- ‘Day-to-day’ activities are normal activities carried out by most people on a regular basis, and must involve one of the following broad categories: mobility; manual dexterity; physical co-ordination; continence; the ability to lift, carry or move everyday objects; speech, hearing, eyesight; memory or ability to concentrate, learn or understand; perception of the risk of physical danger.
- Severe disfigurements are treated as a disability, even though they may not effect a student’s ability to carry out normal day-to-day activities.
The Act describes discrimination in two ways:
- When the University treats a disabled person less favourably, for a reason relating to the person’s disability, than it treats (or would treat) a person to whom that reason does not, or would not, apply and that treatment cannot be justified.
- When the University fails to make a reasonable adjustment when a disabled student is placed, or likely to be placed at a substantial disadvantage in comparison to a person who is not disabled.
The Act requires that the University ensures that ‘reasonable adjustments’ are in place so that students with a disability are not placed at a substantial disadvantage in relation to non-disabled students. It also requires the University to make anticipatory ‘reasonable adjustments’.
The Act requires the University to:
- take reasonable steps to ensure that a student with a disability is not placed at a substantial disadvantage in comparison with a student who is not disabled.
- When considering whether a student with a disability is placed at a substantial disadvantage when compared with a student who is not disabled, the University will take account of:
- the time, inconvenience, effort or discomfort entailed in comparison with other students. A ‘substantial’ disadvantage is one that is more than minor or trivial.
The University will take into account the following factors when considering
what is reasonable:
- the need to maintain academic and other prescribed standards
- the cost of taking a particular step and the financial resources available
- grants or loans likely to be available to students with a disability (and only those students) such as Disabled Students’ Allowances
- the extent to which it is practicable to take a particular step
- the extent to which aids or services will otherwise be provided to students with a disability
- health and safety requirements
- the relevant interests of other people including other students.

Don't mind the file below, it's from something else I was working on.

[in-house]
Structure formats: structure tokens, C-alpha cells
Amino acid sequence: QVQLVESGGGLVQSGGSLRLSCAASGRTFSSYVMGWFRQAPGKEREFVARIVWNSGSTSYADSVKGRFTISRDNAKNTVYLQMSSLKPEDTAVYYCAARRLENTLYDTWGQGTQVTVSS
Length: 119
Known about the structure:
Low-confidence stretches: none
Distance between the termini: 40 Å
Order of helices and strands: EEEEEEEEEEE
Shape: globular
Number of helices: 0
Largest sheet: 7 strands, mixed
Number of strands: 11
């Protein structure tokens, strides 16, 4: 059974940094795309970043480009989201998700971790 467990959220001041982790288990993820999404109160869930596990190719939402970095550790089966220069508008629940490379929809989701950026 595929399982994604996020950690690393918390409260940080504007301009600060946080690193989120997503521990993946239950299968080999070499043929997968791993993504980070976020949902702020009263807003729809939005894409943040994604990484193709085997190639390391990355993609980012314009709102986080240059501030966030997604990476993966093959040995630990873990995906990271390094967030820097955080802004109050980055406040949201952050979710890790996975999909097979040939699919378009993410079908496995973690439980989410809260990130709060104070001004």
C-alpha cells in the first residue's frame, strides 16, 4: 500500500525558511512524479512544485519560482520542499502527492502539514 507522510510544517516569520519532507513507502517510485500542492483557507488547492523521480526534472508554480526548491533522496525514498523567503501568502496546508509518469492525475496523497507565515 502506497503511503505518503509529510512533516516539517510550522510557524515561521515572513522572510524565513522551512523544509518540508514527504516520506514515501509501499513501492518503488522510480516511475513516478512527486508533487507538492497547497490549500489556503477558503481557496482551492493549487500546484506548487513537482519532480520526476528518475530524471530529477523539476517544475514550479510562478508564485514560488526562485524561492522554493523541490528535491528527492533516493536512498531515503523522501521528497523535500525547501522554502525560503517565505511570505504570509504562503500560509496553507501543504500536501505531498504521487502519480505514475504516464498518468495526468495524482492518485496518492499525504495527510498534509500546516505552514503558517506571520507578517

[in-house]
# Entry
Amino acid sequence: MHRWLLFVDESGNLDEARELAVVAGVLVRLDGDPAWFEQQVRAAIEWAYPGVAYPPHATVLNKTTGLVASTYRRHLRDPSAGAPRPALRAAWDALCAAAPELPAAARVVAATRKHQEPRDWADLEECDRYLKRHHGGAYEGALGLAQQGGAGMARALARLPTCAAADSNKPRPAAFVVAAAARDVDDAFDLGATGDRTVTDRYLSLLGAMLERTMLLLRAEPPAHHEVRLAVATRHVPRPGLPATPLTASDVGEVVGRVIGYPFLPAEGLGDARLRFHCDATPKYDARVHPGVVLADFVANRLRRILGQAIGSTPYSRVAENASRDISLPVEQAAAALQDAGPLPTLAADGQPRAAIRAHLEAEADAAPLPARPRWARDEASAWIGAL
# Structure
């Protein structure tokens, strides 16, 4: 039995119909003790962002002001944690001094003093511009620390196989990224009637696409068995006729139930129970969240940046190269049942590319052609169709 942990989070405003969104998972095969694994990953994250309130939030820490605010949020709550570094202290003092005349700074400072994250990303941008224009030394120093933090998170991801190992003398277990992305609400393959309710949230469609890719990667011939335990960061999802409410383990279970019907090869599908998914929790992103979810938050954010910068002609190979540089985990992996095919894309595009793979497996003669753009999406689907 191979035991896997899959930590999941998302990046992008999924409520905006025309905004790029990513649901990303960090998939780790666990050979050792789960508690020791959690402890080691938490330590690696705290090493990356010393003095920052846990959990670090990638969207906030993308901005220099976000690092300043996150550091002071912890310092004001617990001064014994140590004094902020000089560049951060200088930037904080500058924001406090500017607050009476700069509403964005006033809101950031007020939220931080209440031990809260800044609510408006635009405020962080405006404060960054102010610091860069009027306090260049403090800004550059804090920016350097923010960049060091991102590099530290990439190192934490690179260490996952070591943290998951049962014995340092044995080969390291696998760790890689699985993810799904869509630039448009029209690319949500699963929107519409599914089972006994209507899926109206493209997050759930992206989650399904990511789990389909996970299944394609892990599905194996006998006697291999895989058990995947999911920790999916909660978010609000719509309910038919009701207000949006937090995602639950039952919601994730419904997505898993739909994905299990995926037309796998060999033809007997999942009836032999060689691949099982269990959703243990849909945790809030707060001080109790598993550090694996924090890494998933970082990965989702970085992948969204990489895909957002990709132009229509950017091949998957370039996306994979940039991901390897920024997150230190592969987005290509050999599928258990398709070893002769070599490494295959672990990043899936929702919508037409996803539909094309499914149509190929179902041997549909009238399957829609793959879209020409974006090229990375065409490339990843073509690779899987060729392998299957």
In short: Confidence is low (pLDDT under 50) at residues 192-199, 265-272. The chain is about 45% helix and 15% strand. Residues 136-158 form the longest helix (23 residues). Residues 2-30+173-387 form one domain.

It is a requirement of the Act that adjustments should not be reactive to known current students with a disability but should anticipate the needs of disabled applicants. It is therefore important that the University anticipate the generality of student needs by making sure routine practice is reflective of, and responsive to, a diverse student population. The anticipatory duty is an evolving one and the University will be required to continue to improve on provision over time.
Inclusivity will be a central requirement of all new buildings and projects as built-in accessibility is easier and more cost effective than later adjustments.
Funding Reasonable and Anticipatory Adjustments
Departments will be responsible for funding reasonable and anticipatory adjustments for students, including the provision of course materials in alternative formats and the cost of individual exam arrangements. Students requiring further support for which there will be additional costs will be expected to fund this through the Disabled Students Allowance, if they are eligible. Students not entitled to such funding can apply to the University Additional Needs Fund which may cover all or part of these costs. However, it should be noted that it may not be possible for the University to any or all of the costs incurred.
Access to Buildings
The Act covers all aspects of the physical environment, including:
- Access to buildings; circulation within buildings, including their interior layout, effective lighting and signage and colour or tone contrast on doors etc to aid orientation; effective emergency evacuation arrangements, such as flashing light fire alarms or vibrating pagers for people with a hearing impairment, fire refuges or alternative escape routes for people with a mobility impairment. Convenient and reserved parking spaces for those who need them
- Acoustics appropriate for hearing aid users and loop systems in lecture theatres, at reception desks and other key areas
- Desks, laboratory benches, work surfaces and receptions desks at varying or flexible heights and appropriate seating
- Access to services, such as toilets, catering facilities, or payphones* in a corridor, mail boxes for the collection of work and notice boards.
* It should be noted that the University provides students with a disability with a mobile phone where appropriate.
Refurbishment and Routine Maintenance
When undertaking refurbishments or routine maintenance every opportunity will be taken to introduce improvements, such as colour/tone contrast on doorways, better lighting, or flooring that is easier for wheelchair users.